503,215
 
PROPERTY AND EQUIPMENT, net
  
 
29,448
 
  
 
30,920
 
INTANGIBLE AND OTHER ASSETS, net
  
 
162,303
 
  
 
149,355
 
    


  


Total assets
  
$
742,862
 
  
$
683,490
 
    


  


LIABILITIES AND STOCKHOLDERS’ INVESTMENT
                 
CURRENT LIABILITIES:
                 
Accounts payable
  
$
299,878
 
  
$
267,708
 
Accrued expenses –
                 
Compensation and profit-sharing contribution
  
 
22,488
 
  
 
32,098
 
Income taxes and other
  
 
23,999
 
  
 
23,722
 
    


  


Total current liabilities
  
 
346,365
 
  
 
323,528
 
LONG TERM LIABILITIES:
                 
Deferred tax liability
  
 
4,735
 
  
 
3,241
 
Non-qualified deferred compensation obligation
  
 
1,675
 
  
 
906
 
    


  


Total liabilities
  
 
352,775
 
  
 
327,675
 
    


  


STOCKHOLDERS’ INVESTMENT:
                 
Preferred stock, $0.10 par value, 20,000 shares authorized; no shares issued or outstanding
  
 
 
  
 
 
Common stock, $0.10 par value, 130,000 shares authorized; 85,042 and 85,008 shares issued, 84,576 and 84,457 shares outstanding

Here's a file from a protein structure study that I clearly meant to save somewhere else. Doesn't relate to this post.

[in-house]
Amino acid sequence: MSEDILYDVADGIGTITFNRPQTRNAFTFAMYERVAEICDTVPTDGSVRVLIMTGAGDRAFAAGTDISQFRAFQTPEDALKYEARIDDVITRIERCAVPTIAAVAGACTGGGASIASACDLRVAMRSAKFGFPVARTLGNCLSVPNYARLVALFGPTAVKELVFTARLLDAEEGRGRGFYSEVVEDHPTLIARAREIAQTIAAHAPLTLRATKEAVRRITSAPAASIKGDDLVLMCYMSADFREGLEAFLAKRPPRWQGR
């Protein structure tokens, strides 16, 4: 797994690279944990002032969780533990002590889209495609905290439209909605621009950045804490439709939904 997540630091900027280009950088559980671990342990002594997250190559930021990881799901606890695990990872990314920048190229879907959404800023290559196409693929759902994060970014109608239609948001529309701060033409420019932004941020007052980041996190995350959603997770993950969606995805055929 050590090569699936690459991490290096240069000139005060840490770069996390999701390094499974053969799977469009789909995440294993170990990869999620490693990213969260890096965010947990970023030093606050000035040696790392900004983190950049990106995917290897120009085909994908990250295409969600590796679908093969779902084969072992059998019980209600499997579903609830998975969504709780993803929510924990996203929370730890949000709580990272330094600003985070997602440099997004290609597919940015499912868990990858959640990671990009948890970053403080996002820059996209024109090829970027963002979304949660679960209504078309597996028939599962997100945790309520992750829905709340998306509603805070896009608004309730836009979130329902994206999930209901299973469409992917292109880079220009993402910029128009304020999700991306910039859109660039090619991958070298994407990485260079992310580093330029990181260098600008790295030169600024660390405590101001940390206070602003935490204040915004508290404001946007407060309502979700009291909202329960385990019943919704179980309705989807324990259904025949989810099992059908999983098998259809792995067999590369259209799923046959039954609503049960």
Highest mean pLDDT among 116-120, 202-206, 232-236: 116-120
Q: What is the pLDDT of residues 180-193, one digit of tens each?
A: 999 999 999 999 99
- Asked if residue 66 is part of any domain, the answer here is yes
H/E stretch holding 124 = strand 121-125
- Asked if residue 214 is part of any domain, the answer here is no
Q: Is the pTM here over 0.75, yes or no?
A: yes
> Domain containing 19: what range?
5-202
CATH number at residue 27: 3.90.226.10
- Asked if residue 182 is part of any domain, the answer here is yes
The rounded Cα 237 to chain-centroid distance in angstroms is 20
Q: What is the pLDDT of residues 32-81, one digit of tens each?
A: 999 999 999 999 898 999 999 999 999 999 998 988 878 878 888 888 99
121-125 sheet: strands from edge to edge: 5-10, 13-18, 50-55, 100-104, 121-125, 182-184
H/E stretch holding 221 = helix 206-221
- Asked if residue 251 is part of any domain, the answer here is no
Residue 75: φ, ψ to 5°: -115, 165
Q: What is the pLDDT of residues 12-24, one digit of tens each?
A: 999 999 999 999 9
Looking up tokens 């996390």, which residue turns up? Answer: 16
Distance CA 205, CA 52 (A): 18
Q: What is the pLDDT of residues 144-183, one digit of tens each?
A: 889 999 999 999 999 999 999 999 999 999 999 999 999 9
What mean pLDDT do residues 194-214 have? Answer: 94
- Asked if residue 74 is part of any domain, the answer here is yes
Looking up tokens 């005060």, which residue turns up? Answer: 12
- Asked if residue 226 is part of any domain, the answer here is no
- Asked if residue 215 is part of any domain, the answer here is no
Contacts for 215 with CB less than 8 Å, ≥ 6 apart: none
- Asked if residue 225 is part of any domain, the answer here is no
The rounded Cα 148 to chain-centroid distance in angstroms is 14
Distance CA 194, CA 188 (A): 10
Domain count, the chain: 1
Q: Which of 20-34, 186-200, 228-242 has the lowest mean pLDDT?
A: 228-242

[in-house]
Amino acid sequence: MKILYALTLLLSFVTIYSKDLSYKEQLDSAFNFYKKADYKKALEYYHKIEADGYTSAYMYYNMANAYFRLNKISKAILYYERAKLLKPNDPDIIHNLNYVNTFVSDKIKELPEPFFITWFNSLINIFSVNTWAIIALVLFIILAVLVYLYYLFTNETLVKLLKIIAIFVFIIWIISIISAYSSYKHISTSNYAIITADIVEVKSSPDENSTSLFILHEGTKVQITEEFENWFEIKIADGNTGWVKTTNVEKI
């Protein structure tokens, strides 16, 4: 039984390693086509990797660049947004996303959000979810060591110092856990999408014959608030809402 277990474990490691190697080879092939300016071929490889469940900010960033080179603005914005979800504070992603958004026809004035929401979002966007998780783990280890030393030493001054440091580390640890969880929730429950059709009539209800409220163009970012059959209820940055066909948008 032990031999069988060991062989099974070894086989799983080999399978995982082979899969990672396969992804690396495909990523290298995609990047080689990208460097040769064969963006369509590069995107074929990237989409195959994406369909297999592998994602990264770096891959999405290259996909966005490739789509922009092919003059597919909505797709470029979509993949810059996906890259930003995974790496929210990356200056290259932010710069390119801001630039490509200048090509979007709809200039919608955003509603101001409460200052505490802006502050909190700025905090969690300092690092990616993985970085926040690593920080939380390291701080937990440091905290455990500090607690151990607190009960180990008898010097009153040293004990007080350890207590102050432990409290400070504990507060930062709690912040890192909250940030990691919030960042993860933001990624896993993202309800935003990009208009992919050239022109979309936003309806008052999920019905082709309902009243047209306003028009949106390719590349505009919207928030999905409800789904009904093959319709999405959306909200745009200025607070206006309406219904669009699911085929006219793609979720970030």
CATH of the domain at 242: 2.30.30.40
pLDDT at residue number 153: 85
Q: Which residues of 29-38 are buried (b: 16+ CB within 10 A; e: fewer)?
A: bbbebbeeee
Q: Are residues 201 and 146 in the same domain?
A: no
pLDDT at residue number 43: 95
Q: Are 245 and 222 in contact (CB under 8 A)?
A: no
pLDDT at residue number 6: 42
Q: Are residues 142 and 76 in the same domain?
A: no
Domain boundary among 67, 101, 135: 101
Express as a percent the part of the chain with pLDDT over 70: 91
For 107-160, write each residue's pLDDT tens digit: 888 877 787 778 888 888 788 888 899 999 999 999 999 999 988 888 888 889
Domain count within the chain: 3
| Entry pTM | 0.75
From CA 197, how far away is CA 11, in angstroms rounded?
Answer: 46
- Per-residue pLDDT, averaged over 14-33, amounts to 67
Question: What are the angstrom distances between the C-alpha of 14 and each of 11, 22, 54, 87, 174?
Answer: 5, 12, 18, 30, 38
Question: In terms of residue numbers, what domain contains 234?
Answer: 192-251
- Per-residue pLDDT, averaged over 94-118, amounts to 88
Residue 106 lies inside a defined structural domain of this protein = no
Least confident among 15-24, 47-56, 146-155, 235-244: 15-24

8,458
 
  
 
8,446
 
Additional paid-in capital
  
 
97,858
 
  
 
99,551
 
Retained earnings
  
 
  306,622
 
  
 
270,711
 
Deferred compensation
  
 
(6,783
)
  
 
(6,247
)
Cumulative other comprehensive loss
  
 
(2,483
)
  
 
(1,592
)
Treasury stock at cost (466 and 551 shares)
  
 
(13,585
)
  
 
(15,054
)
    


  


Total stockholders’ investment
  
 
390,087
 
  
 
355,815
 
    


  


    
$
742,862
 
  
$
683,490
 
    


  


 
The accompanying notes are an integral part of these condensed consolidated balance sheets.

2


C.H. ROBINSON WORLDWIDE, INC. AND SUBSIDIARIES
Condensed Consolidated Statements of Operations and Comprehensive Income
(In thousands, except per share data)
(unaudited)
 
    
Three Months Ended
June 30,

    
Six Months Ended
June 30,

 
    
2002

    
2001

    
2002

    
2001

 
GROSS REVENUES
  
$
842,720
 
  
$
796,694
 
  
$
1,582,751
 
  
$
1,529,178
 
COST OF TRANSPORTATION AND PRODUCTS